Seniors choose off-beat careers

by Colin Grey | 6/12/94 5:00am

Seniors must for one year live the everyday nightmare of facing the benign question "What are you doing after graduation?" and having no answer.

While some students have known the answer to this question since watching their first L.A. Law episode, others sit now and do not know what they are doing in one hour, let alone for the rest of their life.

Still others, like seniors Meghan Dunleavy, Ally Hyun, Timothy Martin and Madeleine Pooler, have elected to explore off-beat careers and find out what it is that they really want to do in the process.

"I think that it's a fascinating thing to do," Dean of the Class of 1994 Teoby Gomez said. "People can see if they really have talent in doing what they're thinking about, and if not they can go back and do what is the more traditional route."

Meghan Dunleavy

Meghan Dunleavy will attend Johns Hopkins University next fall to get a Masters in Public Health, which she says will teach her how to serve others better.

Public health is a relatively new field concerned with distributing health care more fairly to people usually passed over for proper treatment.

"Public health to me is an essential part of medicine. And here, in the United States, we separate health care so that an M.D. is prestigious and public health ... no one knows what it is," she said.

In her time at the College as a pre-med student, Dunleavy worked extensively with the Tucker Foundation and last summer worked with Mother Theresa in the streets of Calcutta.

"You could feel her when she came in the room. She had an aura about her that was amazing," Dunleavy said. "Very soft spoken, very, very humble."

Dunleavy said students often lose their idealism upon exiting the College to begin working.

"The thing that scared me about corporate recruiting is that I had two very good friends that had graduated two years ago, who I saw and they were laughing about 'O gosh, recycling ended really quick.'"

Dunleavy said she hopes to continue her work in public health in the future, either with uninsured Americans or internationally.

Ally Hyun

Ally Hyun has a starting job which will take her in a far different direction than her original intentions to enter teaching.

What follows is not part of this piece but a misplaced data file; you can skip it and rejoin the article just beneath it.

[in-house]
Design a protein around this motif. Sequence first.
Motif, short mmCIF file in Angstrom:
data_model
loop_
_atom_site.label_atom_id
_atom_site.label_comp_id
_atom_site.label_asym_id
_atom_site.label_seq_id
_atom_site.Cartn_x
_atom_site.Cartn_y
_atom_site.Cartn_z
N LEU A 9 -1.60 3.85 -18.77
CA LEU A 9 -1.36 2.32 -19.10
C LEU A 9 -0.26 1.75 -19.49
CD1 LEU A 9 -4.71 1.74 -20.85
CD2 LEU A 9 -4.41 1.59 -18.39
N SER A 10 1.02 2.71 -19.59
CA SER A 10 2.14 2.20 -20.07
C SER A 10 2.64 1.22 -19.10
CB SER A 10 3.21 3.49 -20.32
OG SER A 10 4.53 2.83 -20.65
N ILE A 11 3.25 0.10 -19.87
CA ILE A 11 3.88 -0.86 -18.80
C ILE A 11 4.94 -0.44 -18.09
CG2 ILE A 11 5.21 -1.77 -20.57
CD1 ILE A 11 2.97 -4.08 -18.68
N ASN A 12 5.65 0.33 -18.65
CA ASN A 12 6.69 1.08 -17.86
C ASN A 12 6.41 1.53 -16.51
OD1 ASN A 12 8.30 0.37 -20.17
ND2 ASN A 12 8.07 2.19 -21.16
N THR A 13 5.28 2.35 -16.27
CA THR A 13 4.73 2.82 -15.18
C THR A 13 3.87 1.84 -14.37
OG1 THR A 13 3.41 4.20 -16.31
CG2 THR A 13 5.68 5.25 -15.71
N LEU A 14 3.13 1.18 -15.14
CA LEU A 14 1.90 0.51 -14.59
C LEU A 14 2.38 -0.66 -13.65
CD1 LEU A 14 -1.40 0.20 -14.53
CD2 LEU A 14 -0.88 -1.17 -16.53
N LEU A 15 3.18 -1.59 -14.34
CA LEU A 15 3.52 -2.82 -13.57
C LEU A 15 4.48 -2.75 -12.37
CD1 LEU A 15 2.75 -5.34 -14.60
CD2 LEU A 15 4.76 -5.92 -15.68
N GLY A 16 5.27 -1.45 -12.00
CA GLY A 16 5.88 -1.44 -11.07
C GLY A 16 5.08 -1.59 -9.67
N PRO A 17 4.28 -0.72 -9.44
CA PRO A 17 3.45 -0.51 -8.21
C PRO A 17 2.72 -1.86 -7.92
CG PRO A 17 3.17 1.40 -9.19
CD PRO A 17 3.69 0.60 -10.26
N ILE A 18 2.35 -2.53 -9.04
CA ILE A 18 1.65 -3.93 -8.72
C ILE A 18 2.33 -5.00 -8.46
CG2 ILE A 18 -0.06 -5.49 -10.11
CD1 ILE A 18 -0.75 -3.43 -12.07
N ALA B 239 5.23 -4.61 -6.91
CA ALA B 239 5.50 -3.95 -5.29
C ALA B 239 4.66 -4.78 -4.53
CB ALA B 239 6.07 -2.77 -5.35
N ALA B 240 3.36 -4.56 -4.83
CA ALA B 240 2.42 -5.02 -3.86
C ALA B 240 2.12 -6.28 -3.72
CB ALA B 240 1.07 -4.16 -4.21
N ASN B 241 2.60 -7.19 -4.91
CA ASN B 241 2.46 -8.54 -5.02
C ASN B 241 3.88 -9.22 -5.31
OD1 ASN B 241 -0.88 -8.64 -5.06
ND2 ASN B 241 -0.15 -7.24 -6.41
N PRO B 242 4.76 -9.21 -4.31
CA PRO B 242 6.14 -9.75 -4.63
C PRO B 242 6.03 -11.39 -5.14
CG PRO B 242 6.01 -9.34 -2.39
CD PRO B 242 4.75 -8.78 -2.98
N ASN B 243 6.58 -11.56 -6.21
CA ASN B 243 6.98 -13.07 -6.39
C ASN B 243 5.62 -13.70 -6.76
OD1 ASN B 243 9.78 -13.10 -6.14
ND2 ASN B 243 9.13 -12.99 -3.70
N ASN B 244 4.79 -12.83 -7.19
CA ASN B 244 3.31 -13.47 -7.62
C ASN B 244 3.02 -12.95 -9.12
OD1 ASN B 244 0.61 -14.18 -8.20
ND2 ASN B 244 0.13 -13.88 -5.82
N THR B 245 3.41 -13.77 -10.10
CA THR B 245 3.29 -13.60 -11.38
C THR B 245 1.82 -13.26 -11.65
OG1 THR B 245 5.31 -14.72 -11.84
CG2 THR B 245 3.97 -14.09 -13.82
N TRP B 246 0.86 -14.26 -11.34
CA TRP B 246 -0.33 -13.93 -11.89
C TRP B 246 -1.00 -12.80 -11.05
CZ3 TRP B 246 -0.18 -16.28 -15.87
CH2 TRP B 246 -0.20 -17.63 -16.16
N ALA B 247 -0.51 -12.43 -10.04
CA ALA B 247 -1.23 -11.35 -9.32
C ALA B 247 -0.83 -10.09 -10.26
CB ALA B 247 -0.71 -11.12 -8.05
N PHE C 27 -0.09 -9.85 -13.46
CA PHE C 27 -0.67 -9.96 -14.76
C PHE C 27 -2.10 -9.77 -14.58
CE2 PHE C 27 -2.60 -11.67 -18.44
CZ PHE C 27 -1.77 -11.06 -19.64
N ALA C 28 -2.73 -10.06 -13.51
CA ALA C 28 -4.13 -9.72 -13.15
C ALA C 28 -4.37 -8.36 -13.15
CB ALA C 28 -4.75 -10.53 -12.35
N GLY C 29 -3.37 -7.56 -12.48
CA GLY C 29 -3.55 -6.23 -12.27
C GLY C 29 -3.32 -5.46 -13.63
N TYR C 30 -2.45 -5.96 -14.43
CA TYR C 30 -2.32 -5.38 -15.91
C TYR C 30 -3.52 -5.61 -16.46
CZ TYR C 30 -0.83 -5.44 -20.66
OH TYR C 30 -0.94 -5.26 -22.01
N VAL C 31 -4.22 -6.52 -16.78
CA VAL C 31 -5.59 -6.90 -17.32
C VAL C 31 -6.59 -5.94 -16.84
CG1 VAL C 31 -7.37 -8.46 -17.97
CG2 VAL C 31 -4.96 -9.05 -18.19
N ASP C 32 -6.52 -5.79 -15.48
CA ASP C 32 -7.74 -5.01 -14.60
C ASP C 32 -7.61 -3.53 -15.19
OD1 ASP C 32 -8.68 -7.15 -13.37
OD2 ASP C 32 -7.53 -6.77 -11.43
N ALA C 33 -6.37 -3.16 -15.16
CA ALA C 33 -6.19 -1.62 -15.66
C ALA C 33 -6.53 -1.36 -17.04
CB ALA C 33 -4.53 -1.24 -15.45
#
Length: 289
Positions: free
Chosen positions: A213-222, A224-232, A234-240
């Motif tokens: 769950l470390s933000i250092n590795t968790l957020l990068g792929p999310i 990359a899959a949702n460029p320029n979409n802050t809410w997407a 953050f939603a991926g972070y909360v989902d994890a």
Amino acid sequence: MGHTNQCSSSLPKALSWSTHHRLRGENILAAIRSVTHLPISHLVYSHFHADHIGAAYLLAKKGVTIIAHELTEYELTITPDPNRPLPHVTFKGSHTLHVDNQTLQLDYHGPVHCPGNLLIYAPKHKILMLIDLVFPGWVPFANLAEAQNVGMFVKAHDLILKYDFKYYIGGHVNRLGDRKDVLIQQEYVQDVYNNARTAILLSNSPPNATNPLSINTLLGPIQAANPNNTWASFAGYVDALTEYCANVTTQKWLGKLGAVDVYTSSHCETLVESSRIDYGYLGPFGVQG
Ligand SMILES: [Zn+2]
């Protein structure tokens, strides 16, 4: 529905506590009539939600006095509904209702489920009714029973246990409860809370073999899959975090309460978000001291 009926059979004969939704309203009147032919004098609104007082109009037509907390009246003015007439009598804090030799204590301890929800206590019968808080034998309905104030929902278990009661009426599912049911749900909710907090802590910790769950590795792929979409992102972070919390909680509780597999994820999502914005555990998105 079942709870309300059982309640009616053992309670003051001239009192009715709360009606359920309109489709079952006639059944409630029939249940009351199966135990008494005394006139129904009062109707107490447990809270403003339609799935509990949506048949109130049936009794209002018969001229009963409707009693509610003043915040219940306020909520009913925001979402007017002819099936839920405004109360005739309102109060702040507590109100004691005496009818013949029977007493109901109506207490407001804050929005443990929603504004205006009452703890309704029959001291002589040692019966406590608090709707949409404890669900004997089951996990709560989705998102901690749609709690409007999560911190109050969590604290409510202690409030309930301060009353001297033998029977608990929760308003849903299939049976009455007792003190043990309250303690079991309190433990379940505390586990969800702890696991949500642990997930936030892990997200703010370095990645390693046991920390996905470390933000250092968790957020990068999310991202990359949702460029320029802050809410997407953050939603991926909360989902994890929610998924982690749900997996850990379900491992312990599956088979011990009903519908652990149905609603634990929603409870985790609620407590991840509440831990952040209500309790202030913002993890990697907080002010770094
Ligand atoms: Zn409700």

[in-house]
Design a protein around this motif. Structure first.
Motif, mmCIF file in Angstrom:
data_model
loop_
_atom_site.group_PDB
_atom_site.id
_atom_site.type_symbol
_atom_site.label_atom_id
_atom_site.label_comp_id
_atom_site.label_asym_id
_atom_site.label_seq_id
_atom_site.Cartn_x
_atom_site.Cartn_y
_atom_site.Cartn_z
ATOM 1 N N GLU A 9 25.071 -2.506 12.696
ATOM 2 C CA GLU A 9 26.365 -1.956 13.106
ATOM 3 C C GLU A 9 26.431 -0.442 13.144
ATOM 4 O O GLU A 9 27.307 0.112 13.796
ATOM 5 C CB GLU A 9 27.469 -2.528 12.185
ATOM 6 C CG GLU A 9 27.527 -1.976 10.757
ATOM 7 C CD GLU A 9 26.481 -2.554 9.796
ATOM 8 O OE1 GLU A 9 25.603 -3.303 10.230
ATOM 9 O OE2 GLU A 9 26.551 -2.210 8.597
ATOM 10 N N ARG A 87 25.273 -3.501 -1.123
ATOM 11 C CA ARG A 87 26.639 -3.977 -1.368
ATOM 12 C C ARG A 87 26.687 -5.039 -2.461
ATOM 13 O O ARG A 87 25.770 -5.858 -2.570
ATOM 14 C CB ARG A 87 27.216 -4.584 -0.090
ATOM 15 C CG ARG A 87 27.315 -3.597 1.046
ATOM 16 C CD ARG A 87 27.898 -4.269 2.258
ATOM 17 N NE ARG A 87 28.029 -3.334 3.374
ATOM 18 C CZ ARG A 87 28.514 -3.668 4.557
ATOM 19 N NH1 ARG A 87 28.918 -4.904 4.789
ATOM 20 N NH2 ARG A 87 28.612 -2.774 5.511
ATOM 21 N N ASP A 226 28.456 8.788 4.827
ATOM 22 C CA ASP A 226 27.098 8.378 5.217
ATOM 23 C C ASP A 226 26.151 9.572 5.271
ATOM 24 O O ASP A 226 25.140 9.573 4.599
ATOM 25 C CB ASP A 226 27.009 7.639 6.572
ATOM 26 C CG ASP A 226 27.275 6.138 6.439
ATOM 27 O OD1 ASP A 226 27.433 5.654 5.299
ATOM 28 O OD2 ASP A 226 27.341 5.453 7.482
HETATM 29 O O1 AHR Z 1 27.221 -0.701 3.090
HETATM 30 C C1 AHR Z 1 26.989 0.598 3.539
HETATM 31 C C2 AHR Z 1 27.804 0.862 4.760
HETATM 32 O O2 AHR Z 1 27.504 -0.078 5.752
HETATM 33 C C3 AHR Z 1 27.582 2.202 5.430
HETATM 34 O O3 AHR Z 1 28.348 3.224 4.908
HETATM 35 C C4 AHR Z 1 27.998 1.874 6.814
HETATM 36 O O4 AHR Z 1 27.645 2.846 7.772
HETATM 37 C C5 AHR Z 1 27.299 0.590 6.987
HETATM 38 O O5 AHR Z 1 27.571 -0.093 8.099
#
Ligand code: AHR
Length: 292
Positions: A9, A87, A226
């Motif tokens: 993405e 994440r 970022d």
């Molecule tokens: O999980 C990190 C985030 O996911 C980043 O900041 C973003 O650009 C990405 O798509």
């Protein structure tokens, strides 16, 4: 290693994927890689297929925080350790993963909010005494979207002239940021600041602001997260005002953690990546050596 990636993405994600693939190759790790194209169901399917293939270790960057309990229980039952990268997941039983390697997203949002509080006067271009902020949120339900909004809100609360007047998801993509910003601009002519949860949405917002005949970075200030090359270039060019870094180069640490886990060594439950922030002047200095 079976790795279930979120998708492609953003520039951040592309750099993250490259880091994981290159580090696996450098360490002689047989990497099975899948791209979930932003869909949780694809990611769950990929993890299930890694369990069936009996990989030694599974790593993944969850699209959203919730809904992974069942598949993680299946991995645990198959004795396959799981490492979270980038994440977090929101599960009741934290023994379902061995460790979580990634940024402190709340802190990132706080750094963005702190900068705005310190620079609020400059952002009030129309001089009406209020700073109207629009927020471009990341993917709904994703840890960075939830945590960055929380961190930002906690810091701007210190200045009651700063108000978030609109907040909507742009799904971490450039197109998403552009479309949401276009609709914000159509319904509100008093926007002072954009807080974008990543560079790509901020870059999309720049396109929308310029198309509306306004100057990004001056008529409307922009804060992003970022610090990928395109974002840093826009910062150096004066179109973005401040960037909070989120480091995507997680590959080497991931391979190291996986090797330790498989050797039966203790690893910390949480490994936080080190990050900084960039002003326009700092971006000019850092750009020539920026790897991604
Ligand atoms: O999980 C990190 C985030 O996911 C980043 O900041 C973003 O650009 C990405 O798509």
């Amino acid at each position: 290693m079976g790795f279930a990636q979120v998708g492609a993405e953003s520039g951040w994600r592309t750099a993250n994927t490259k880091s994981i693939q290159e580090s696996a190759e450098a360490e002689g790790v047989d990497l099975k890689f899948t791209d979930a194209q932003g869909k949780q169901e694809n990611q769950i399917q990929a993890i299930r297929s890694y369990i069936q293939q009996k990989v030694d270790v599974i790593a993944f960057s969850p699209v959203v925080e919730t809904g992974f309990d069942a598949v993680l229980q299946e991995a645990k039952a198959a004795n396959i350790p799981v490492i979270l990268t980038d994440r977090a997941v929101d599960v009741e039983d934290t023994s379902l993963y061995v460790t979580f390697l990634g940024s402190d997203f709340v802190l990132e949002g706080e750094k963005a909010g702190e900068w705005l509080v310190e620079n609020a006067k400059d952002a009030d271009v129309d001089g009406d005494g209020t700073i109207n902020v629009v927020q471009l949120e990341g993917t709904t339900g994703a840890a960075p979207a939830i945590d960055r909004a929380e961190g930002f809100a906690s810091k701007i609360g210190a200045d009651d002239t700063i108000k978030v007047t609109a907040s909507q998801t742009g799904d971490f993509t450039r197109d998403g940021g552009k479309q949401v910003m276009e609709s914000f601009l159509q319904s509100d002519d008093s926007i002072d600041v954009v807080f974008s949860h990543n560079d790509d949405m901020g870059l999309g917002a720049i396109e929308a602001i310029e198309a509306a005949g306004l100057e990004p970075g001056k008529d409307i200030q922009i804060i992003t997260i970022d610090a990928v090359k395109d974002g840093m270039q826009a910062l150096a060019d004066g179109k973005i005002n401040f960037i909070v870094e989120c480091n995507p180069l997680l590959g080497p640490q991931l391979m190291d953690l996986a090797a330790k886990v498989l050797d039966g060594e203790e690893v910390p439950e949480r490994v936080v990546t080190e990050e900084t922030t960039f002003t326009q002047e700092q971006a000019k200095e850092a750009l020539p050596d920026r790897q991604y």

She will spend the next two years working in New York researching a source book for NBC's coverage of the 1996 Olympic Games in Atlanta.

Hyun said she is thrilled to be starting out with a job which gives her not only security but also a chance to learn.

"I've put so much pressure on myself to have a job after graduation. And now I do -- one that, you know, pays me and gives me health insurance," Hyun said.

Hyun was flown to New York for two rounds of interviews before she was chosen from more than 800 applicants.

Besides being a coxswain for the men's lightweight crew team and a member of Green Key, Hyun's year as sports editor of The Dartmouth did much to prepare her for her job at NBC.

Still, Hyun never expected her work at the College's daily paper to lead to a career in journalism.

"I never started working at The D because I wanted to be a journalist," Hyun said. "I did it because it was fun, and I liked the people."

So now that Hyun has landed the NBC job, she said she needs to just see what happens.

"I really don't know how it fits into the grand scheme that is my life. I really had my heart set on teaching and at one point even had a job offer, but this was an opportunity I really couldn't pass up."

Madeleine Pooler

Madeleine Pooler will embark on a one-year stint teaching English and environmental awareness to Costa Rican children.

She said learning to speak English is important to Costa Rican people. "Everyone wants to learn English because for them that's the only way to partake in the global economy."

Pooler said much of Costa Rica's national economy is based on tourism.

Pooler has worked educating children in the Upper Valley and as a drill instructor in Ancient Greek. But before coming to the College, she said she had no intentions of going into education. She became aware of opportunities in education through other Dartmouth students.

"Graduating from Dartmouth, we are extremely privileged in terms of education, and that's just not the reality experienced by the majority of kids in this world."

Pooler said she wants to eventually bring that experience to more American children in less economically-developed parts of the country.

"Working with the kids showed me a more positive way of doing that. It was also a more tangible way of making a difference," she said. "I'd primarily like to get involved in teaching what are called 'high risk' kids."

Timothy Martin

Timothy Martin will be working at Sotheby's, the famous auction house in New York.

He became involved in Sotheby's when he was an intern there during the summer of his junior year.

"That experience actually surprised me because I felt as if I found something that was not only interesting, but a job where I could continue learning, and that really appealed to me," he said.

Martin said at Sotheby's, he will have the opportunity to work in several positions and decide what aspect of art history interests him most.

But art history is a far cry from Martin's intellectual ambitions upon entering the College four years ago.

"Actually I came to college very intent on being a government major and studying international relations, going off to grad school and joining the foreign service or something like that," he said.

Martin, a government major who wrote a thesis on British foreign strategies toward Hong Kong, developed a passion for art history early on in his academic career.

This does not mean Martin's plans to go into art history are set in stone, though.

"I'm totally prepared for the possibility that I might get to my job and hate it. I have no idea, and I think in a way that's good," he said.